Authoring the 'author of my being' in Memoirs of Doctor Burney

Ulph, C. (2018) Authoring the 'author of my being' in Memoirs of Doctor Burney. Eighteenth-Century Life, 42 (2). pp. 152-169. ISSN 0098-2601

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The formative influence on Frances Burney’s work of the artistic-professional context of her upbringing has only recently begun to be recognised. As I argue elsewhere, early experiences in her father’s musical household informed Burney’s construction of a literary identity that balanced her professionally specialised labour with an aesthetic of domestic privacy. In Memoirs of Doctor Burney, Burney apparently collapses this separation by using her professionally specialised abilities in combination with her own intimate, domestic experience to construct a public version of her father, Charles Burney, as a polite, sociable man-of-letters rather than a musical professional. In Memoirs, Burney uses biography as a vehicle for the establishment of her own literary authority. In rewriting her father from artisanal musician to man-of-letters, she establishes an artistic-professional genealogy in which to site her own literary genius. Most significantly, Burney enacts final creative authority over her father, re-casting inheritance as evolution. Burney simultaneously invokes and obscures her family history in a biography of her father that is indistinguishable from the narrative of her own creative development.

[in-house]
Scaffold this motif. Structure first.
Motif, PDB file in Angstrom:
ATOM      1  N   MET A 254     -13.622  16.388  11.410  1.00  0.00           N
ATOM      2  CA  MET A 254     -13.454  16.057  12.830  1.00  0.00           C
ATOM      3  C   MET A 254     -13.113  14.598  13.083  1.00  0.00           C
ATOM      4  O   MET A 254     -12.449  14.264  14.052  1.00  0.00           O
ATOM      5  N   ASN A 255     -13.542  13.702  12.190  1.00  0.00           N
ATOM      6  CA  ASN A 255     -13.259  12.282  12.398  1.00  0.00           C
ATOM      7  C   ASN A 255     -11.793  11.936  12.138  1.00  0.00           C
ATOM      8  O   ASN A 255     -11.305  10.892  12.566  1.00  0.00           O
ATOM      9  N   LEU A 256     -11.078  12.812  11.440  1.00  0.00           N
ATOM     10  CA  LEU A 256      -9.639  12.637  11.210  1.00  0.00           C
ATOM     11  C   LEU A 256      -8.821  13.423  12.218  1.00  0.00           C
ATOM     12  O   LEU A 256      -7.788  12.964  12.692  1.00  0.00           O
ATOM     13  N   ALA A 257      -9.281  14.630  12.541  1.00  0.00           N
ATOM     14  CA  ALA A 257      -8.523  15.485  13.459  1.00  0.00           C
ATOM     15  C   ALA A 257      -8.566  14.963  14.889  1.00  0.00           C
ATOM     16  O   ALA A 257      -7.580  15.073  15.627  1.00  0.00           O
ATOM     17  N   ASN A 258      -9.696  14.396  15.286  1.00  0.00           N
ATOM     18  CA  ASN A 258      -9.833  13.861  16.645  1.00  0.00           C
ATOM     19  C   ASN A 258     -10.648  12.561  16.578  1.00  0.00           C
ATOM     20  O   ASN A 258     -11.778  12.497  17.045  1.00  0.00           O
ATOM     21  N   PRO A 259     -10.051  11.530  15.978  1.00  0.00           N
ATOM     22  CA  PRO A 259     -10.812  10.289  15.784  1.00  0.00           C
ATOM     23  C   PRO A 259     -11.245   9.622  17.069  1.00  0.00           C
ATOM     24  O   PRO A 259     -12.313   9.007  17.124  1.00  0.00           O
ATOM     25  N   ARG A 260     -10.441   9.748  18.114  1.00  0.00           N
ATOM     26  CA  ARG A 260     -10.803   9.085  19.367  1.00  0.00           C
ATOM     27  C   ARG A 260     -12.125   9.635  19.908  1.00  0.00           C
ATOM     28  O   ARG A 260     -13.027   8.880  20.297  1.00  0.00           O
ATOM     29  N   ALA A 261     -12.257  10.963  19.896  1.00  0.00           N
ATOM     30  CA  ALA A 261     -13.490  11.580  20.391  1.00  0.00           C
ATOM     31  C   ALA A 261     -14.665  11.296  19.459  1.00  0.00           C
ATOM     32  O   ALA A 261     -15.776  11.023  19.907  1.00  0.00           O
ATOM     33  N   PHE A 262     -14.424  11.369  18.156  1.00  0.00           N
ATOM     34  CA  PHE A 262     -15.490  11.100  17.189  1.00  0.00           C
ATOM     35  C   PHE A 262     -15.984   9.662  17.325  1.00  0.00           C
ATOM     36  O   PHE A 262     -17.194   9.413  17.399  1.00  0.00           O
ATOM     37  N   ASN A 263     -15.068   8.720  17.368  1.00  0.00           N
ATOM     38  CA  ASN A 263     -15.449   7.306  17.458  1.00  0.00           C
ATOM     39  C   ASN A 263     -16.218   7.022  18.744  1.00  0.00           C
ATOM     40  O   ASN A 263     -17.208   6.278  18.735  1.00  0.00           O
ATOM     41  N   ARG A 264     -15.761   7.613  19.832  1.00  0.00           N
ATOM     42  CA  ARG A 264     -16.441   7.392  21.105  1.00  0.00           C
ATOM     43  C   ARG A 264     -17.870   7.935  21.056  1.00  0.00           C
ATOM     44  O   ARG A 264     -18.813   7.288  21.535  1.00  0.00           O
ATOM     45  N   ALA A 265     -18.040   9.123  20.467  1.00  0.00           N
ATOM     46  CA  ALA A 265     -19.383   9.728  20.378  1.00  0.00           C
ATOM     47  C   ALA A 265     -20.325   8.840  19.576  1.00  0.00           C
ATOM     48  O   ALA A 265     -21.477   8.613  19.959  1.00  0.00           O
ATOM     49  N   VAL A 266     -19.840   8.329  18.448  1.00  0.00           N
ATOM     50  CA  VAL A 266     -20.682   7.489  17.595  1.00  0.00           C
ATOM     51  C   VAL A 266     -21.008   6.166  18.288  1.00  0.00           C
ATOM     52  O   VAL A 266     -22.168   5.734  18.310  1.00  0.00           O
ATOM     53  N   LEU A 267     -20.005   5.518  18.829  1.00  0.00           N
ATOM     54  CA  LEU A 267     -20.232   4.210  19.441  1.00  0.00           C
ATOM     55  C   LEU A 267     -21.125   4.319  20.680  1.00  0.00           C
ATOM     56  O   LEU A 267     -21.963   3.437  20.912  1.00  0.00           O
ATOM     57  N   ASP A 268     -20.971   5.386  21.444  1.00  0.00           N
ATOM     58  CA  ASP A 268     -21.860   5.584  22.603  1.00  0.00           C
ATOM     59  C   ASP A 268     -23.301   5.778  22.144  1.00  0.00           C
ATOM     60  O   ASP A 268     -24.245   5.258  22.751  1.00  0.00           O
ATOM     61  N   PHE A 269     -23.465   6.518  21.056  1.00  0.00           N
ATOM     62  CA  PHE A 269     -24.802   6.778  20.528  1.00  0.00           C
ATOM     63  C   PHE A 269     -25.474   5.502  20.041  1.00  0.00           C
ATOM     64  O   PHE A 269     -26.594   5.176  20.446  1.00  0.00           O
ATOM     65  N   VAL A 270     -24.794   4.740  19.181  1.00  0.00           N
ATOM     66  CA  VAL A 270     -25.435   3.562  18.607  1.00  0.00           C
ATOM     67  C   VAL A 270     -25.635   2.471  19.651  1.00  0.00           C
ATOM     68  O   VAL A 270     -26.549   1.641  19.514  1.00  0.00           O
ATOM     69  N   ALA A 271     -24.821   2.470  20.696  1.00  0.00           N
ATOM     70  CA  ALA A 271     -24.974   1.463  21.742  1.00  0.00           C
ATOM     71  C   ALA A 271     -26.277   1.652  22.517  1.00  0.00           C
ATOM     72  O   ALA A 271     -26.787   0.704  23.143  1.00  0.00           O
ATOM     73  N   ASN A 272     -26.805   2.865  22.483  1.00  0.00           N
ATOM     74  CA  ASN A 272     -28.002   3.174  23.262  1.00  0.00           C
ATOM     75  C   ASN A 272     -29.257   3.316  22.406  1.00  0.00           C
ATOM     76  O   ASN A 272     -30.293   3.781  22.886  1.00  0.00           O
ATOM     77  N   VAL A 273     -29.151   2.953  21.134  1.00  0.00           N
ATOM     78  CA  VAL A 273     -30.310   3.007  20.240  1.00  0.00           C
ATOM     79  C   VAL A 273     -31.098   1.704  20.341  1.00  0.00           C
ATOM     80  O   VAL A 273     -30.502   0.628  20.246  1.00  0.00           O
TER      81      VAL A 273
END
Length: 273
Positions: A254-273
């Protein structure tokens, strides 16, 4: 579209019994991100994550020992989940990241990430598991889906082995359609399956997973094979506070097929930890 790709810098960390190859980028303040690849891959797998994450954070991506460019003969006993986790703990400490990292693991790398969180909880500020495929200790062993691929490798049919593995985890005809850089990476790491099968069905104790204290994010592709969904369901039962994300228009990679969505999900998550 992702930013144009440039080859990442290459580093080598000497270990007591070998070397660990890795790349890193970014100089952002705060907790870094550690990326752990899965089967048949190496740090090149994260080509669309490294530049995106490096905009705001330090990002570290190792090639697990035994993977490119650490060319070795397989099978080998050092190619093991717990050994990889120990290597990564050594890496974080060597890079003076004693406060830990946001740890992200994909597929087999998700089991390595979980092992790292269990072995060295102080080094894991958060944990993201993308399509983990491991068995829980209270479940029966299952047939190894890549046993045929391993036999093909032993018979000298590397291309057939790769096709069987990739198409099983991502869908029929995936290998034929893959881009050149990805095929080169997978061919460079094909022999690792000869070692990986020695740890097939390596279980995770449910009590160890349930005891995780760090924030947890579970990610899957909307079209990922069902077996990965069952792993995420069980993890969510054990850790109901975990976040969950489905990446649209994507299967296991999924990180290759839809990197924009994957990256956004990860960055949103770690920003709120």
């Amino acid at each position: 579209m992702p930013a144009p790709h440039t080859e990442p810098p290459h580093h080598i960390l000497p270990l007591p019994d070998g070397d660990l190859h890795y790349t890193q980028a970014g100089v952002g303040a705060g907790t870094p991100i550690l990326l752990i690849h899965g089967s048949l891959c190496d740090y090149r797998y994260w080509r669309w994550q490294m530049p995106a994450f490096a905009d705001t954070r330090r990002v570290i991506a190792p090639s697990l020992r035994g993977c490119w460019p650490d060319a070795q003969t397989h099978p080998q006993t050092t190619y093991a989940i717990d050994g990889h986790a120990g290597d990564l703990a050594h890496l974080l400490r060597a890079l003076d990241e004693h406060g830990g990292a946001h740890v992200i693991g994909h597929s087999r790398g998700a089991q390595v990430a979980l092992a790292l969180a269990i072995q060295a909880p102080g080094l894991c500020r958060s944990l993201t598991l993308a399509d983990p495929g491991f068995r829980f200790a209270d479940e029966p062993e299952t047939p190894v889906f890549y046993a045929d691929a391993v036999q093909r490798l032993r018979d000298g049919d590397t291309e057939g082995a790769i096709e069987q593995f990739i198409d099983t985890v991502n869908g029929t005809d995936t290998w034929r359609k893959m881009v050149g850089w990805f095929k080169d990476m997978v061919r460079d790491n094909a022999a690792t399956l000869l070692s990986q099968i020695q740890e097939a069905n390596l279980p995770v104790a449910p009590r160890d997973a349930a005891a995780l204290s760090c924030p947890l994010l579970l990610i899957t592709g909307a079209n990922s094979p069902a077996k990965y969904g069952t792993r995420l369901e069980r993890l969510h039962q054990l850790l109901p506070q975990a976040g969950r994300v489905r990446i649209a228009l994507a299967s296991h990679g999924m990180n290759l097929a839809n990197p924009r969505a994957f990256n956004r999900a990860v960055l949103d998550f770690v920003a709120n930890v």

Item Type: Article
Additional Information: © Duke University Press 2018.
Divisions: School of Humanities
Depositing User: Cassie Ulph
Date Deposited: 26 Jul 2017 07:28
Last Modified: 23 Jul 2019 14:20

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